On July 13, 2010, the National Wildlife Federation and Florida Wildlife Federation filed a complaint in the United States District Court for the Southern District of Florida alleging that the Federal Emergency Management Agency's ("FEMA") failure to consult with federal wildlife agencies on the potential impacts of implementing the National Flood Insurance Program ("NFIP") in Florida is a violation of the Endangered Species Act. Specifically, the complaint alleges that implementation of the NFIP "promotes, encourages, and influences residential and commercial development along Florida's beaches," which "impairs essential habitat functions of five species of threatened or endangered sea turtles." The plaintiffs seek an order compelling FEMA to, among other things, consult with the U.S. Fish and Wildlife Service and the National Marine Fisheries Service to insure that the implementation of the NFIP does not jeopardize the threatened and endangered sea turtles.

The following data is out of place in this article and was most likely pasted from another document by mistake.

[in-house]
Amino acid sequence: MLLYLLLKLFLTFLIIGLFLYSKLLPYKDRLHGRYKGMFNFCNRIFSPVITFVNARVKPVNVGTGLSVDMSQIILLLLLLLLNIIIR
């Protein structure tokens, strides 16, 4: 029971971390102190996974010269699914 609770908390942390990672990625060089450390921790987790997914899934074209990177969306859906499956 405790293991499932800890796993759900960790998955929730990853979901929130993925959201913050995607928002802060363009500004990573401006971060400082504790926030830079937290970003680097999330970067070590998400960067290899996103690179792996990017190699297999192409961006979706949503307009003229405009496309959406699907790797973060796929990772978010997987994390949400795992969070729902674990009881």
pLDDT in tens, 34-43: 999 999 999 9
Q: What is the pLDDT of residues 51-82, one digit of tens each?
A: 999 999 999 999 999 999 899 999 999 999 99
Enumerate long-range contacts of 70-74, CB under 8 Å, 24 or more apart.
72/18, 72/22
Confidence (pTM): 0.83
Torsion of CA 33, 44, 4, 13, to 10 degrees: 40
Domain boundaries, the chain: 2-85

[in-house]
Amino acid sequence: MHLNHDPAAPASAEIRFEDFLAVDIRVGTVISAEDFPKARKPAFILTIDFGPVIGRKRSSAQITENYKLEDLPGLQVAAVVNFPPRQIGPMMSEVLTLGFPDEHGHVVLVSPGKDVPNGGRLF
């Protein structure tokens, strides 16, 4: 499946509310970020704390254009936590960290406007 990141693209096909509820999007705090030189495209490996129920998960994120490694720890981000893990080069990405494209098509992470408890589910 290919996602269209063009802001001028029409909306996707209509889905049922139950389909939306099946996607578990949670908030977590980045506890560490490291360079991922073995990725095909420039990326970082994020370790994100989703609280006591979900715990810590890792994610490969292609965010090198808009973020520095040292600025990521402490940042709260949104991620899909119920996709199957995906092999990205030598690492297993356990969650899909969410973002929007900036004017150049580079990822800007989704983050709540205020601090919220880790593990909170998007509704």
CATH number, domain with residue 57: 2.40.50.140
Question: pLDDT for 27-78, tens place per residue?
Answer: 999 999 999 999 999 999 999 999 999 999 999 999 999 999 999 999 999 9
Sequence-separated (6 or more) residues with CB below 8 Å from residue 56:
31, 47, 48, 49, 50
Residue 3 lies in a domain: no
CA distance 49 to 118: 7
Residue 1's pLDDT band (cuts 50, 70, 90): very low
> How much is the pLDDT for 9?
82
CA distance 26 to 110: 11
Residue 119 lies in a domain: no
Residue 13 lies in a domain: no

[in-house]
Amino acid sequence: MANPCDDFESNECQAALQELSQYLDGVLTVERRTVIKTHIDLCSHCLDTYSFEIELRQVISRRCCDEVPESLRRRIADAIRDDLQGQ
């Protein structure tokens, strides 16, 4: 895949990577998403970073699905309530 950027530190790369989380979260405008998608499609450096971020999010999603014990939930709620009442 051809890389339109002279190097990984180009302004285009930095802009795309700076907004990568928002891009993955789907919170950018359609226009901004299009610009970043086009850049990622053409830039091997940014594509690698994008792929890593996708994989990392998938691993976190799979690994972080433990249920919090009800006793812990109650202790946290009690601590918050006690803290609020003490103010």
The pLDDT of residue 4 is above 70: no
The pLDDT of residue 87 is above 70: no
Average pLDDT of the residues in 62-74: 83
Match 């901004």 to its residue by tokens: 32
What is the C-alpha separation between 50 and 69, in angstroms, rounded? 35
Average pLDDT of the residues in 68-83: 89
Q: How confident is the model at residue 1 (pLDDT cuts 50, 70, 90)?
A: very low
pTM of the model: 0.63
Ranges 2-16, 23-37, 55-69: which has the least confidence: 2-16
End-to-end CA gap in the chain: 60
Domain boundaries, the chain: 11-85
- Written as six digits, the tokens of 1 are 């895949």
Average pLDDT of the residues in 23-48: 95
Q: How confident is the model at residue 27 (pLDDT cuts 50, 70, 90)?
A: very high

Similar actions have been filed throughout the United States, some of which have resulted in published decisions ordering FEMA to consult with federal wildlife agencies. For example, on April 1, 2008, the U.S. Court of Appeals for the Eleventh Circuit held that FEMA was required to consult with federal wildlife agencies regarding its administration of the NFIP because of potential impacts to various endangered and threatened species located in the Florida Keys. Similarly, in 2004 the United States District Court for the Western District of Washington held that FEMA was required to consult with the National Marine Fisheries Service regarding its administration of the NFIP because of potential impacts to the Puget Sound chinook salmon.